Dr Lorna Barrow to take up visiting scholarship in ISHR

Lorna BarrowThe Institute of Scottish Historical Research is pleased to announce the appointment of an ISHR Visiting Scholar for 2014-15, Dr Lorna G. Barrow, a lecturer in the Department of Modern History, Politics and International Relations at Macquarie University, Sydney, Australia.

Dr Barrow specializes in queenship and gift exchange associated with royal marriages in fifteenth- and sixteenth-century Scotland and completed her PhD on that topic at the University of Sydney. This is the subject her first book due for completion this year, to be published in the St Andrews Studies in Scottish History series, a publication of the ISHR. During 2008 Dr Barrow was a visiting scholar at the Strathmartine Centre in St. Andrews where she did further research on aspects of Scottish queenship. She has written several articles related to Scottish Royal women from the fourteenth to sixteenth centuries.

Dr Barrow is looking forward to returning to St. Andrews later this year and will be working on research towards another book, Margaret Tudor (1489-1541) Queen of Scots: Queenship, Dynastic Marriage, Gender, Power and Politics in Early Modern Scotland. She will also be offering a postgraduate workshop on Scottish queenship, and medieval and early modern gift exchange more generally.

Mediaeval St Andrews day workshop – January 2014

On 14 January the School of History hosted a one-day workshop on mediaeval St Andrews. The workshop was organised by Dr Michael Brown, Dr Katie Stevenson and Dr Alex Woolf, and there were thirty participants drawn from a range of disciplines including history, art history, literary studies, architectural history, archaeology and linguistics. Researchers came from the universities of St Andrews, Edinburgh, Glasgow, Stirling, Guelph and Trinity College Dublin and discussion benefited from the input of postgraduate researchers, professional archaeologists, archivists and other scholars.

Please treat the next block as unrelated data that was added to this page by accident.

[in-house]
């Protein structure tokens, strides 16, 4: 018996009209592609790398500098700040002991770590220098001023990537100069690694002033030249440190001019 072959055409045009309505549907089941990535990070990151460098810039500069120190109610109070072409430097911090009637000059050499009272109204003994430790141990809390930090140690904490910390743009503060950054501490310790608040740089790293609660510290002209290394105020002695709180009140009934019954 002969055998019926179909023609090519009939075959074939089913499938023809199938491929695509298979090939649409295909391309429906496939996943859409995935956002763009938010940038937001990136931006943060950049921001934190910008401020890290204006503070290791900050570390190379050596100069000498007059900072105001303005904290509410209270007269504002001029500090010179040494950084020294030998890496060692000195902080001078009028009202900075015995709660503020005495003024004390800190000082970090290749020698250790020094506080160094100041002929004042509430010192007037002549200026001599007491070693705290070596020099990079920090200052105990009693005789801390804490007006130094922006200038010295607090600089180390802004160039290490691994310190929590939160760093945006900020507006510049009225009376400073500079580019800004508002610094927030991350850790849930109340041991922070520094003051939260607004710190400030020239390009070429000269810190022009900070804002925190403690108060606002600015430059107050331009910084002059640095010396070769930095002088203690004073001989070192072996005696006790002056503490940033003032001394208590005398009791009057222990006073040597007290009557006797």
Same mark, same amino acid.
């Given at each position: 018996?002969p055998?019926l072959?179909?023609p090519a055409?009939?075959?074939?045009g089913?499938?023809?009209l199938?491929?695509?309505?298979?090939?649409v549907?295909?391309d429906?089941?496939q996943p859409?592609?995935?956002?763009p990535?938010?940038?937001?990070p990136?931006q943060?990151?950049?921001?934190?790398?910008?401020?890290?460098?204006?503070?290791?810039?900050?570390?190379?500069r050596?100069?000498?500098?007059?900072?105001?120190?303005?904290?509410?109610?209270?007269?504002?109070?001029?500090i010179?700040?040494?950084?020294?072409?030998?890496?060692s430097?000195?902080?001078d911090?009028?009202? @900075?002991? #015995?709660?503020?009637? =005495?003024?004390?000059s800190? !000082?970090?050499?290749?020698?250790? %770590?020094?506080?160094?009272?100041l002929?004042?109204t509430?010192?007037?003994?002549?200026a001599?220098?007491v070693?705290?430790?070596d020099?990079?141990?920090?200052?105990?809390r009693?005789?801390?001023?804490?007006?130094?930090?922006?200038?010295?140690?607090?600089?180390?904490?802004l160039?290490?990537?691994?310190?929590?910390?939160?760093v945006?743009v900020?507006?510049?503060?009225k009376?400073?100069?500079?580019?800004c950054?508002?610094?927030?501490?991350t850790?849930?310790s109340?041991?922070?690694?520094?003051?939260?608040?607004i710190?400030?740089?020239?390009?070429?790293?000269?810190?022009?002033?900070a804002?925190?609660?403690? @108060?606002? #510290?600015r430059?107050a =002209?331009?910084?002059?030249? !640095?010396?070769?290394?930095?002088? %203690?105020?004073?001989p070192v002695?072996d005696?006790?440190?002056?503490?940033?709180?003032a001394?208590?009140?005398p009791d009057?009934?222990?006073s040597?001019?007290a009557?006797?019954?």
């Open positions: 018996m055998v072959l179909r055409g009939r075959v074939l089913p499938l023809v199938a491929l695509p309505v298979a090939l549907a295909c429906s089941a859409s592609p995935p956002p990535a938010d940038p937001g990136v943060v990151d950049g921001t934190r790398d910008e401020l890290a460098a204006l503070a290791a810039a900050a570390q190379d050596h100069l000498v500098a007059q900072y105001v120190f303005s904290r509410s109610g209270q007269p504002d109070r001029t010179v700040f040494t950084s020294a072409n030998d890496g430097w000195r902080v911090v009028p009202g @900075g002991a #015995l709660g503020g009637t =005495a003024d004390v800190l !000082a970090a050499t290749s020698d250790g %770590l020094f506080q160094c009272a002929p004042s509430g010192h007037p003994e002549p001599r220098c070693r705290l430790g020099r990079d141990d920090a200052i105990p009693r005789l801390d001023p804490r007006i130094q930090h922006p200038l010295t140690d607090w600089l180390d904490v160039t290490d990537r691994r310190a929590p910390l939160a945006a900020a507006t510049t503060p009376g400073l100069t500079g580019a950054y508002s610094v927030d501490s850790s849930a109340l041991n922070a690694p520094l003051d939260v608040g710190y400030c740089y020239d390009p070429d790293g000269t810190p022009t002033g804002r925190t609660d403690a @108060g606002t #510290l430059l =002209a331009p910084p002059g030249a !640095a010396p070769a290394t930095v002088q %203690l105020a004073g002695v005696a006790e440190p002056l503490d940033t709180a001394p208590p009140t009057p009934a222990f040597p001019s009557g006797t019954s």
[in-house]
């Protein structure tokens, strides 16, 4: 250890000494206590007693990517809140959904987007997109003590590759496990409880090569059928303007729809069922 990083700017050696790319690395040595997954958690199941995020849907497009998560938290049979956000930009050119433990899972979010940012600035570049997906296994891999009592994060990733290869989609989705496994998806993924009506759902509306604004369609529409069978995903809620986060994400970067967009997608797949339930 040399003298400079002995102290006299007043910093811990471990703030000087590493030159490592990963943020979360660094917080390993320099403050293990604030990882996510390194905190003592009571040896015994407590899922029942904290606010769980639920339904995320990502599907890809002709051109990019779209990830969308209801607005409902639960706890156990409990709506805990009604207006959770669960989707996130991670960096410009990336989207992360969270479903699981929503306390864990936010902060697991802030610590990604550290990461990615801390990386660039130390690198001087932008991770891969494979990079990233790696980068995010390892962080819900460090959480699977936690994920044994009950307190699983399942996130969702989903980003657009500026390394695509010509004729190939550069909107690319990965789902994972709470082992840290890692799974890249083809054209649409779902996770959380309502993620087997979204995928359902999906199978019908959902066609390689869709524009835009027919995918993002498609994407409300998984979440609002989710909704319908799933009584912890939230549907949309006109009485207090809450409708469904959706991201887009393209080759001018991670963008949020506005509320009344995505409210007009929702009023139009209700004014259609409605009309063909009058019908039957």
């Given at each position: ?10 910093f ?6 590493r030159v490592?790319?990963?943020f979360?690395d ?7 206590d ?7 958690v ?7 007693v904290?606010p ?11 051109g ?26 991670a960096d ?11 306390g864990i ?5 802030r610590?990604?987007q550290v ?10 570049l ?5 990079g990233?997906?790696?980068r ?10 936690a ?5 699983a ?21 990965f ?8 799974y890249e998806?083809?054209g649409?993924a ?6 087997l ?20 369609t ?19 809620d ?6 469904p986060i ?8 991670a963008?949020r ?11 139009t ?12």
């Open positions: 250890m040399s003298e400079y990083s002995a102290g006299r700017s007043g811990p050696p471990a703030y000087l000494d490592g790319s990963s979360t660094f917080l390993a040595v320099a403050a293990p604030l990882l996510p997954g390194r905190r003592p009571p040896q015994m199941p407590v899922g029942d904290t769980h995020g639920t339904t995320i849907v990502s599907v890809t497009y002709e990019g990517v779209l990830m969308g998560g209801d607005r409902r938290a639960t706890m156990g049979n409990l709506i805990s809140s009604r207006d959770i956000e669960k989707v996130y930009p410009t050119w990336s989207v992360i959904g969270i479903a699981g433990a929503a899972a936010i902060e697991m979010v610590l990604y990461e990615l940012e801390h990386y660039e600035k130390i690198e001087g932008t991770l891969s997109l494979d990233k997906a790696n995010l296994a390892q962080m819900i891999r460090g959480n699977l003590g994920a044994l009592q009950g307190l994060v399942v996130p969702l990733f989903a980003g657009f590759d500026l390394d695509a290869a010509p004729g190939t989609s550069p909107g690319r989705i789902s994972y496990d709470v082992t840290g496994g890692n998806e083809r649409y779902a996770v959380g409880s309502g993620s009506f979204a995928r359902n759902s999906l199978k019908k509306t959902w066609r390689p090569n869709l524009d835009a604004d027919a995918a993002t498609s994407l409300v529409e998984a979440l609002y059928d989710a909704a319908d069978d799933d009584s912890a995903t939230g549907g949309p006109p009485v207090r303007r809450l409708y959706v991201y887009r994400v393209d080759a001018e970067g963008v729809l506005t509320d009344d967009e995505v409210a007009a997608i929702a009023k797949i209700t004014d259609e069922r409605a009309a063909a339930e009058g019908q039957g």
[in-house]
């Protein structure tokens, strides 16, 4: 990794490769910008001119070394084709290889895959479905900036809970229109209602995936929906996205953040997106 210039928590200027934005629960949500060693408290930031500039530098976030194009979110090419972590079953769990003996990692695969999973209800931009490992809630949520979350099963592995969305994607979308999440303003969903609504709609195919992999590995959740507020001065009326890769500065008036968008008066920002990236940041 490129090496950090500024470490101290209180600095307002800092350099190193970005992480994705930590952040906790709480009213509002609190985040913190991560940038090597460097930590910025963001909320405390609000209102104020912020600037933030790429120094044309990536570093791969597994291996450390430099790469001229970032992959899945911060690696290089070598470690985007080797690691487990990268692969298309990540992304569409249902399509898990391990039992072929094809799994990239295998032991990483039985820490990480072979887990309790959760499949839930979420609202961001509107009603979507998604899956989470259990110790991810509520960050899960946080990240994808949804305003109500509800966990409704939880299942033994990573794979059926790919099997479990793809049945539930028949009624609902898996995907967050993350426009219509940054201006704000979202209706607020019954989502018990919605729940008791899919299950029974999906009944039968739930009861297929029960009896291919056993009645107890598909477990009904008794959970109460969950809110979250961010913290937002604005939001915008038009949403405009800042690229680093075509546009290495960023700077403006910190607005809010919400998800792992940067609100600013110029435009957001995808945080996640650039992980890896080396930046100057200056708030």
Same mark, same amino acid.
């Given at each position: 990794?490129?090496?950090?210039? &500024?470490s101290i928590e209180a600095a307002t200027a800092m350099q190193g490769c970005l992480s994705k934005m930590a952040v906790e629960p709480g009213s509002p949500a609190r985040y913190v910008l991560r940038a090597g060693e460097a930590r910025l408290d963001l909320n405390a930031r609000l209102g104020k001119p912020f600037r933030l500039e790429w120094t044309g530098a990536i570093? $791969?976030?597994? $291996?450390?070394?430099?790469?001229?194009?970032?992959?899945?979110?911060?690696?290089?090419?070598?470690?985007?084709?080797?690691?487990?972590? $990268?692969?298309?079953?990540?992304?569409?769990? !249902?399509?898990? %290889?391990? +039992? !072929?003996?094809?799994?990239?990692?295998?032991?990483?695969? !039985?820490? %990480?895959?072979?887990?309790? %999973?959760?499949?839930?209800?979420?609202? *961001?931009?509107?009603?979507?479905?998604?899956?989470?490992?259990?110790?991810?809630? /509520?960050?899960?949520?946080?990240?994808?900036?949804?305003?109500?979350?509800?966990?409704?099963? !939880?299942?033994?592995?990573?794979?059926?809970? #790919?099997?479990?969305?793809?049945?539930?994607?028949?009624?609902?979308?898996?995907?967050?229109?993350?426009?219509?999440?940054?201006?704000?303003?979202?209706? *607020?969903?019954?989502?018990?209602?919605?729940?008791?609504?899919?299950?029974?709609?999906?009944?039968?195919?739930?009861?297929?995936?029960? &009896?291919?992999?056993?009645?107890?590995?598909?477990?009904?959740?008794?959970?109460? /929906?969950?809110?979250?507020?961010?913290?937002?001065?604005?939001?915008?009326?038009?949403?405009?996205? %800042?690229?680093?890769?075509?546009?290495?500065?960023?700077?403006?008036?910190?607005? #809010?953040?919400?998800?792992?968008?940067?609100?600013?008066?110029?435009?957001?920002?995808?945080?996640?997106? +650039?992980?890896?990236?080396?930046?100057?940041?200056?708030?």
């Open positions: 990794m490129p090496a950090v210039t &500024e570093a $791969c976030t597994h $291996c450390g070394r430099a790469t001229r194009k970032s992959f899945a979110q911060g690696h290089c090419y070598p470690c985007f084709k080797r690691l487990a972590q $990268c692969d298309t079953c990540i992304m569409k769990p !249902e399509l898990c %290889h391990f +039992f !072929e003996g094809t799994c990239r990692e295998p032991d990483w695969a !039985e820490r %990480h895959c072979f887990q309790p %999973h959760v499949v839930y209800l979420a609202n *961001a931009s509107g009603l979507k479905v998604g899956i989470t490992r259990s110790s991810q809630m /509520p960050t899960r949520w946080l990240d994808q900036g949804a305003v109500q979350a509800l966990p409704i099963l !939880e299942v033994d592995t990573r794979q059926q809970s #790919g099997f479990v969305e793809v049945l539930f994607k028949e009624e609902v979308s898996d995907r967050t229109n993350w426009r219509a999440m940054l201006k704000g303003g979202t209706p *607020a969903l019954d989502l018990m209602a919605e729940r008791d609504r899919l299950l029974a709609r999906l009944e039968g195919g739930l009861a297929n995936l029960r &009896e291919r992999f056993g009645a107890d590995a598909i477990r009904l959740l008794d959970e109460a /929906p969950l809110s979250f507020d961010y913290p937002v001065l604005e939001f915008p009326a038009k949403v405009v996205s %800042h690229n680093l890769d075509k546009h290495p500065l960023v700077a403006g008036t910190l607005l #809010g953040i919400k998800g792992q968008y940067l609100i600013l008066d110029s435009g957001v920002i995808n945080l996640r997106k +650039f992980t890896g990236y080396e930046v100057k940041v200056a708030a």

The workshop centred on four principal themes – St Andrew, the Church, the burgh and the university – and each session was led by an invited authority, Dr Simon Taylor of the University of Glasgow on St Andrew, Prof. Ian Campbell of the University of Edinburgh on the Church, Prof. Elizabeth Ewan of the University of Guelph (and currently ISHR Visiting Research Fellow) on the burgh, and Dr Norman Reid, Head of Special Collections, on the university.

The organisers’ research interests in mediaeval St Andrews emerged after several years of teaching the honours option ME3309 Mediaeval St Andrews, the first fully team-taught honours option available to History students. The structure of the teaching and assessment for this module encouraged Drs Brown, Stevenson and Woolf to consider the present state of knowledge and understanding of St Andrews from its earliest settlement to the years before the Reformation in 1560. While the School of History prides itself on its research-led teaching, it is also important to recognise teaching-led research; the students of ME3309 past and present have been crucial to the inception of this project.

Over half of the workshop participants are contributing to a forthcoming volume Medieval St Andrews: Church, Cult, City to be published in the St Andrews Studies in Scottish History series with Boydell & Brewer in 2015. The January workshop was generously supported by the School of History and the St Andrews Institute of Mediaeval Studies.